Surprisingly, I have not taken any flack since I admitted to using a boxed mix as the basis of my Chai-Spiced Mini Cupcakes in my last post. Frankly, I’m shocked because had I been following a blog in which the writings were focused on all things F-O-O-D, I’d be chagrined at such a revelation. But thankfully, you readers are much more forgiving and I appreciate it.
Regardless of this recent transgression, I’ve noticed of late, I’ve found it necessary to return to my culinary roots, as they were, by making everything from scratch. I’m embarrassed to say, over the past few years I’ve taken advantage of….shall we say….’short cuts’ when producing vast quantities of food for vast quantities of friends and family on a very regular basis. I wouldn’t go so far as to say I’ve ‘Sandra Lee’d’ my food (ie, “Semi-Homemade” of the Food Network sort), but hey, life is hectic and teens are endlessly ravaged; friends are waiting in the wings---you get the picture. So I may have cheated a tiny bit and doctored up a sauce here or there. But honestly, only minimally.
And yet, I’ve felt guilty and cheap in each instance.
Therefore, as a result and with the start of No Reservations, I have recommitted to cooking with only the freshest, locally produced and organic ingredients whenever possible. And the results my friends, are a vast improvement.
Following is a tried and true recipe for homemade fettucine pasta with garlic, homegrown basil and organic tomatoes. The pasta recipe is derived from Chef Mario Battali’s “Basic Pasta Dough” (see his Babbo Cookbook---named for our favorite of his NY restaurants). I say derived because like many recipes, pasta dough is one with which the cook needs to endlessly experiment under conditions unique to her kitchen; sometimes requiring more liquid or more flour, depending on a multitude of variables, such as temperature, humidity, equipment, etc. Pasta is one of those foods in which it becomes evident that cooking is indeed, an art more than a science. Buon Appetito!
Basic Pasta Dough
Makes 1 pound
3-1/2 to 4 cups all-purpose flour
4 extra-large eggs
½ tsp extra-virgin olive oil
Mound 3-1/2 cups of the flour in the center of a large wooden cutting board. (I made this directly on my granite countertop. I find it easier to move the dough around than on wood, and cutting the dough to the right size is a no-brainer.) Make a well in the middle of the flour and add the eggs and the olive oil. Using a fork, beat together the eggs and oil, then begin to incorporate the flour, starting with the inner rim of the well.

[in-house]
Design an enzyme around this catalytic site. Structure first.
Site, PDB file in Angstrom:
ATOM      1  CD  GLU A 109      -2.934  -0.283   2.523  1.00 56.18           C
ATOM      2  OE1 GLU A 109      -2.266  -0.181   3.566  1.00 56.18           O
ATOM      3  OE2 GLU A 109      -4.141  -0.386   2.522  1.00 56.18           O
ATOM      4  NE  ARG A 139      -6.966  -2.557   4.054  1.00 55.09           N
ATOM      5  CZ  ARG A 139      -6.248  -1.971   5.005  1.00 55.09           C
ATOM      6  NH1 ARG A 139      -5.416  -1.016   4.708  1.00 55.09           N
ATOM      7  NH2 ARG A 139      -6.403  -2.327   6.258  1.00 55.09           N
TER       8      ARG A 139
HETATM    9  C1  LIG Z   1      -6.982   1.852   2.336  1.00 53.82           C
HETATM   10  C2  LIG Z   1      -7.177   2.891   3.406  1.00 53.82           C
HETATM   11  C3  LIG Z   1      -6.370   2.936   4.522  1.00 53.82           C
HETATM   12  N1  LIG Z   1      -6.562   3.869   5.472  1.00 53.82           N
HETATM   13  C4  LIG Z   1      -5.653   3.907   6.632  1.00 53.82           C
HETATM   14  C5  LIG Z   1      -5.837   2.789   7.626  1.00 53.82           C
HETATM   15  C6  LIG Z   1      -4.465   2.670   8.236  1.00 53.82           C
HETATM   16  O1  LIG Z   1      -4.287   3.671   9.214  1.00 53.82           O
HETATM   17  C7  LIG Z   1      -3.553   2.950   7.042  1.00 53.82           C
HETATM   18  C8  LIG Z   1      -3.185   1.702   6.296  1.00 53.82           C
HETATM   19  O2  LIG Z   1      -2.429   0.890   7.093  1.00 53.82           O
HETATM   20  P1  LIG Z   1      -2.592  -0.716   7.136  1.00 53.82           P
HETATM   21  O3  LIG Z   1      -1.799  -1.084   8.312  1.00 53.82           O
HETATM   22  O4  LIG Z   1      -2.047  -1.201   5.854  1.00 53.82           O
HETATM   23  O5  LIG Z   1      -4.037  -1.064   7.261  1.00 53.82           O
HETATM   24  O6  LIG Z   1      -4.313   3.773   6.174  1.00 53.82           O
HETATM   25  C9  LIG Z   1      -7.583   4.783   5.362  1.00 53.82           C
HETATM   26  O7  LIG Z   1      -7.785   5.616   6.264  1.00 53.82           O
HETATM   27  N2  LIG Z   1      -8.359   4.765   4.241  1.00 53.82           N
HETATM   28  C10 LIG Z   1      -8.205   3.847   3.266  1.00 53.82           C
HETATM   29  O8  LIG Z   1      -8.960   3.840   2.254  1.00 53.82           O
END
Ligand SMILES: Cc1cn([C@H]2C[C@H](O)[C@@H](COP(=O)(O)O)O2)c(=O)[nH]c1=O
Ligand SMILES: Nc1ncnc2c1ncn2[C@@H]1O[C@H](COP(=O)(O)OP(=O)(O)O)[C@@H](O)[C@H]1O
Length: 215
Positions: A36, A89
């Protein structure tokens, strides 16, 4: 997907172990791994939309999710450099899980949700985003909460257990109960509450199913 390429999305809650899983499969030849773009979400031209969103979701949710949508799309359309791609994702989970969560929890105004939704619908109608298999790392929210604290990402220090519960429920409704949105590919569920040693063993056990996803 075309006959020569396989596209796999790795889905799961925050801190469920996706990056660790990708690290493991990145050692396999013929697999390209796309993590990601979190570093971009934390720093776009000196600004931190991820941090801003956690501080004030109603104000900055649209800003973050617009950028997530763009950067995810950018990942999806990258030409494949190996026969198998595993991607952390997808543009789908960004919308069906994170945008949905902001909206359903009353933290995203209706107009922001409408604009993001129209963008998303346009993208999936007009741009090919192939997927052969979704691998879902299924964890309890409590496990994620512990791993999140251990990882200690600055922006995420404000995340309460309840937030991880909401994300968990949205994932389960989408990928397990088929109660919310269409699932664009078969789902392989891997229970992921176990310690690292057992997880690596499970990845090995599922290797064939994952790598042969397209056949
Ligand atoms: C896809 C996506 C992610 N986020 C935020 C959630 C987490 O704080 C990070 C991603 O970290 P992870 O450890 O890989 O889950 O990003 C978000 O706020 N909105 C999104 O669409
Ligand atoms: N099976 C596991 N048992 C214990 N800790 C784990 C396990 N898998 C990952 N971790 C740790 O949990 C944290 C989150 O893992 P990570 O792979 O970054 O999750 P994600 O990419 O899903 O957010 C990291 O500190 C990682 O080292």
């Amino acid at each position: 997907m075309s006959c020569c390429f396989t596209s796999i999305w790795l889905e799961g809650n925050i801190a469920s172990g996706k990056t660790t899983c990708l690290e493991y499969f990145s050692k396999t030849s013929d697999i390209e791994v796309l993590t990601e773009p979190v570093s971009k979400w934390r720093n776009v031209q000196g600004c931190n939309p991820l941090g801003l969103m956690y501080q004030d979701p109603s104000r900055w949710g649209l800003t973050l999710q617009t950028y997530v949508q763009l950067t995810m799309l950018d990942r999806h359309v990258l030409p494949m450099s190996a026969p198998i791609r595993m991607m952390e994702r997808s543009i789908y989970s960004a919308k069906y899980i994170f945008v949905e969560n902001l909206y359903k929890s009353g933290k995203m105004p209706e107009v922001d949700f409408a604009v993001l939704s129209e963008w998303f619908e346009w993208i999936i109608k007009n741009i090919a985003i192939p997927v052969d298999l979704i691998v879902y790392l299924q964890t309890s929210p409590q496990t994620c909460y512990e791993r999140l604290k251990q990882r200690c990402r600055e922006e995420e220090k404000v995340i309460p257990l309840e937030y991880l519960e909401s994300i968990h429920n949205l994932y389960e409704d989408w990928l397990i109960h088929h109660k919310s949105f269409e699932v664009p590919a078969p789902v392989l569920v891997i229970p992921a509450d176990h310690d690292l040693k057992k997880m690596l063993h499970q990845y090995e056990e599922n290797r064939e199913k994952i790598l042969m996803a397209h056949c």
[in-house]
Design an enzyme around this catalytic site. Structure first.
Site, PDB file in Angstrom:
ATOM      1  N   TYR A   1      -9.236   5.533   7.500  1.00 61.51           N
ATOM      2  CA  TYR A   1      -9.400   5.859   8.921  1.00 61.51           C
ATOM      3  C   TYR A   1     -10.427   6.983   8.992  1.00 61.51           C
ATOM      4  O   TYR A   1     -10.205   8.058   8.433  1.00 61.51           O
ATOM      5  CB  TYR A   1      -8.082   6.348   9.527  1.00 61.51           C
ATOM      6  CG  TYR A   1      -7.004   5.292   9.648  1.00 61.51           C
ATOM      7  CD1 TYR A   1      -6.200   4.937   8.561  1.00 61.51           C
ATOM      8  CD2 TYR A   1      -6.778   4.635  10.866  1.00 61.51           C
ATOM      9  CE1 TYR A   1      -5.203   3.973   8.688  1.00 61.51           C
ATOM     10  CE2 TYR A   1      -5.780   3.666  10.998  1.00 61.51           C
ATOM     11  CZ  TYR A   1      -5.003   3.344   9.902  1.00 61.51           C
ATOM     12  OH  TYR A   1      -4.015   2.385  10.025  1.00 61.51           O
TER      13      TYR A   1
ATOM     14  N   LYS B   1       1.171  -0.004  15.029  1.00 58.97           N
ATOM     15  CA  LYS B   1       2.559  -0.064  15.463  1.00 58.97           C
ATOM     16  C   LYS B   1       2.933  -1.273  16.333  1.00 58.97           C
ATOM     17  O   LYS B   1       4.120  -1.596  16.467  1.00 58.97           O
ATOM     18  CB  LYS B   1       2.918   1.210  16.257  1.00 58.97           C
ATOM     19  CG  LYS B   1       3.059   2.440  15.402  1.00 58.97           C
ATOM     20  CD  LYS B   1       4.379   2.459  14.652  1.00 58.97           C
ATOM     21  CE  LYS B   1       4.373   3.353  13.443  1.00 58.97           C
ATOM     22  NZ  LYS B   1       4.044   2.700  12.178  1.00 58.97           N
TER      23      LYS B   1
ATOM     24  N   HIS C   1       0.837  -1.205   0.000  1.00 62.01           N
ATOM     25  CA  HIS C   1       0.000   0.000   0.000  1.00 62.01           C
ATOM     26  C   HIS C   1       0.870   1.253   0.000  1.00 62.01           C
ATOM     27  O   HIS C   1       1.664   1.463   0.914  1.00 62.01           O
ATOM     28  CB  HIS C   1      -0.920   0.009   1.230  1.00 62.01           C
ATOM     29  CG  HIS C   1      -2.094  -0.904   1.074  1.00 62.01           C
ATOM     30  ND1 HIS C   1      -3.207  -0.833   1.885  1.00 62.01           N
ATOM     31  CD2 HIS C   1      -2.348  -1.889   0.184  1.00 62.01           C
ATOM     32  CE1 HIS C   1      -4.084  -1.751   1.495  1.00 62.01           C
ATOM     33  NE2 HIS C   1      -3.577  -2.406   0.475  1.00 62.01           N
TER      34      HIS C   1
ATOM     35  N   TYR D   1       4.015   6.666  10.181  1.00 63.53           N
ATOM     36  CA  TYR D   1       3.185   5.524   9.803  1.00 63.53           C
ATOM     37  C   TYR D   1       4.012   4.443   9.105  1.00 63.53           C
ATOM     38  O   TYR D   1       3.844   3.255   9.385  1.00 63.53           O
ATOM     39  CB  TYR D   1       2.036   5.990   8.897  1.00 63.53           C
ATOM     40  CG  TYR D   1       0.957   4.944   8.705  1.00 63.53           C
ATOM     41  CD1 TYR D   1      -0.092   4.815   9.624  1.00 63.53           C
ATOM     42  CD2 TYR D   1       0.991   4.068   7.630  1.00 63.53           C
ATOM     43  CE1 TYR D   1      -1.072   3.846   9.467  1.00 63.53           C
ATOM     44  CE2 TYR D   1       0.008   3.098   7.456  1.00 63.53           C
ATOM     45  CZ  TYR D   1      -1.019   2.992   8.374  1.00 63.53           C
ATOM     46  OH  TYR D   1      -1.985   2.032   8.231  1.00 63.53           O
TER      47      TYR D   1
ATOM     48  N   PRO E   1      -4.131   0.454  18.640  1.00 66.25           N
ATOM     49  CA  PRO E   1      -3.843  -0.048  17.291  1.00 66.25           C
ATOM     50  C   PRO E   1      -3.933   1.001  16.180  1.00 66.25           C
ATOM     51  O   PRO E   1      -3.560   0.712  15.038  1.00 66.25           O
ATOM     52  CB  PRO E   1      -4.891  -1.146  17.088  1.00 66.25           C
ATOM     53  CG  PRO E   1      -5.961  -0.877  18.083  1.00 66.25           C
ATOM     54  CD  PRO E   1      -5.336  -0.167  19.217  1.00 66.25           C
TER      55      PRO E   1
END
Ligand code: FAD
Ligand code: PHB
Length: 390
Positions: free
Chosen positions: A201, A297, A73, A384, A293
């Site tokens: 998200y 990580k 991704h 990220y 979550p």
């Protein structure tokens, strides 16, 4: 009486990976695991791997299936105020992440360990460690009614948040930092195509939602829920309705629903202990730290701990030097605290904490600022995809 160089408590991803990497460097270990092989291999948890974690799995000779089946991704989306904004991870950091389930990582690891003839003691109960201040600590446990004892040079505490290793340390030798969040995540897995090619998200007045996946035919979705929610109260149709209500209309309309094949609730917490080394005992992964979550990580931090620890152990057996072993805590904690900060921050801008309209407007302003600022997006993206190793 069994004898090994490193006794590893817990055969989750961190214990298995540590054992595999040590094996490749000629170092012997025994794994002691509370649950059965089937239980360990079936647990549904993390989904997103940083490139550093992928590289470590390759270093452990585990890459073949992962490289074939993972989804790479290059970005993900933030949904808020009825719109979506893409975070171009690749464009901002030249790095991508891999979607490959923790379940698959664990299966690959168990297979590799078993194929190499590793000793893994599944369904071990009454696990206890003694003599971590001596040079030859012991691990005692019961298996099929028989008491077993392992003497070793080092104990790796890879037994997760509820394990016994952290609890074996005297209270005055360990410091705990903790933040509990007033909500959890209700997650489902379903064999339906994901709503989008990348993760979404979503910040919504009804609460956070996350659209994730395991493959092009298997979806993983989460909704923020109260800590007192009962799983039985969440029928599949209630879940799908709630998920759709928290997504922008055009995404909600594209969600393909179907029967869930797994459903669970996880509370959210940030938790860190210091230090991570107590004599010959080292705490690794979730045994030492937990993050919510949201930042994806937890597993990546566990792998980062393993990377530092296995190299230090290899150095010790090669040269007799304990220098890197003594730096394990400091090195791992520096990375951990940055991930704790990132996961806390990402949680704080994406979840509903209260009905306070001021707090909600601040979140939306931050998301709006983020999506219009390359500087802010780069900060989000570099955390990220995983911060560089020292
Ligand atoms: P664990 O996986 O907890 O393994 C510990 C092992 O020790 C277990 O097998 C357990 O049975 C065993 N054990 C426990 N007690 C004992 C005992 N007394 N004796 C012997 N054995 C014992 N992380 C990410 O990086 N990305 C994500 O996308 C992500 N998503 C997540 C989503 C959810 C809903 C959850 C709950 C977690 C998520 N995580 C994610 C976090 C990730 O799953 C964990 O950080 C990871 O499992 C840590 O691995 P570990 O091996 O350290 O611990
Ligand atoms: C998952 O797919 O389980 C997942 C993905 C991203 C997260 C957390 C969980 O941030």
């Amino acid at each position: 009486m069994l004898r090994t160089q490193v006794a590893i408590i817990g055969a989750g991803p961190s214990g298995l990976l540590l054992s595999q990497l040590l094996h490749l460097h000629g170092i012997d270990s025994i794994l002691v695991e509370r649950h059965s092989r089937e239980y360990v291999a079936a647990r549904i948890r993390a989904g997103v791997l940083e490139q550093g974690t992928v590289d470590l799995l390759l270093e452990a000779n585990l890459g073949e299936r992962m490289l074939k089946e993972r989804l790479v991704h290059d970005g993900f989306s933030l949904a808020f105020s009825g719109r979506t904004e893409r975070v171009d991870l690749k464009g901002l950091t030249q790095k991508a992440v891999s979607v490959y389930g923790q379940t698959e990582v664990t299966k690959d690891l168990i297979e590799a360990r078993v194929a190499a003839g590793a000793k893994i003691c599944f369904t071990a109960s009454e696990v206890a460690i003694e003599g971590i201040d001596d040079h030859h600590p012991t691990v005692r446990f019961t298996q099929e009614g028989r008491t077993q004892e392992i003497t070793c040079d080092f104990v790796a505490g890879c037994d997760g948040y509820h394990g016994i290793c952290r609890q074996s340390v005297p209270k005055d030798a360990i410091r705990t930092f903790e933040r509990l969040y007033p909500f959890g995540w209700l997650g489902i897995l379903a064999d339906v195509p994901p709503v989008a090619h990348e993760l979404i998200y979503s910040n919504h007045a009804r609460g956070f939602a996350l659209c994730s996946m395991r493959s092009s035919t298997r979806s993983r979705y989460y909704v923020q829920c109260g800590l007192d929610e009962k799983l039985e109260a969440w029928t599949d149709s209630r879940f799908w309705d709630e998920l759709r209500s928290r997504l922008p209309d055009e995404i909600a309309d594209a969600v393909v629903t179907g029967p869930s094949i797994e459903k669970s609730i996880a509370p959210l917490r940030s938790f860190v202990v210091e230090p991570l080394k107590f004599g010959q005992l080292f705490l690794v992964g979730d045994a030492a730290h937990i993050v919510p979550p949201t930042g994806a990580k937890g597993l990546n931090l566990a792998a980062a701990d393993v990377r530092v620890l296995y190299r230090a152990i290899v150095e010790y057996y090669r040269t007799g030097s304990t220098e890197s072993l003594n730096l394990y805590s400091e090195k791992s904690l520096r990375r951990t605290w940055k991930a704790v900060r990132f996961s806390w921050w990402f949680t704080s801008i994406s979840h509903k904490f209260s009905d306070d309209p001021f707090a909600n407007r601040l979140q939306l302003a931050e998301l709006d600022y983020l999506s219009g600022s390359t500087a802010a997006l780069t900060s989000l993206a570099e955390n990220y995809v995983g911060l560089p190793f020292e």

As you expand the well, keep pushing the flour up from the base of the mound to retain the well shape. The dough will come together when half of the flour has been incorporated.
Start kneading the dough with the heals of your hands. (Really not as intimidating as you think.) Once you have a cohesive mass, remove the dough from the board and scrape up and discard any leftover bits. Lightly reflour the board (or counter) and continue kneading for six more minutes…(more or less.) The dough should be elastic and a little sticky. Wrap the dough in plastic and allow to rest for 30 minutes at room temp before rolling or shaping as desired.
Again, like all pasta dough recipes, you must be willing to experiment and change up quantities of ingredients in order to achieve the perfect, elastic and fluffy result. (Trust me, you'll figure out what that means by playing around with it.)
For Suzanne’s Fresh Pasta Sauce:
Saute olive oil and garlic until the garlic is softened, but not browned.
Add chopped fresh tomatoes or halved cherry or grape tomatoes.
Throw in some fresh mozzarella -- NOT the plastic supermarket kind!
Lastly, tear fresh leaves of basil and toss in the pan to enhance the flavor of the oil.
Pour over pasta and pass the freshly grated parmesan.
You will note from the following pictures, I am enjoying greatly the use of a pasta attachment to my stand mixer. While this appliance is certainly not a necessity, I have found it to be a great enhancer of the homemade pasta experience since rolling and cutting the various pasta shapes by hand requires years of experience and frankly, I just don’t have that many years left.
And of course, making food with close friends always elevates the final product!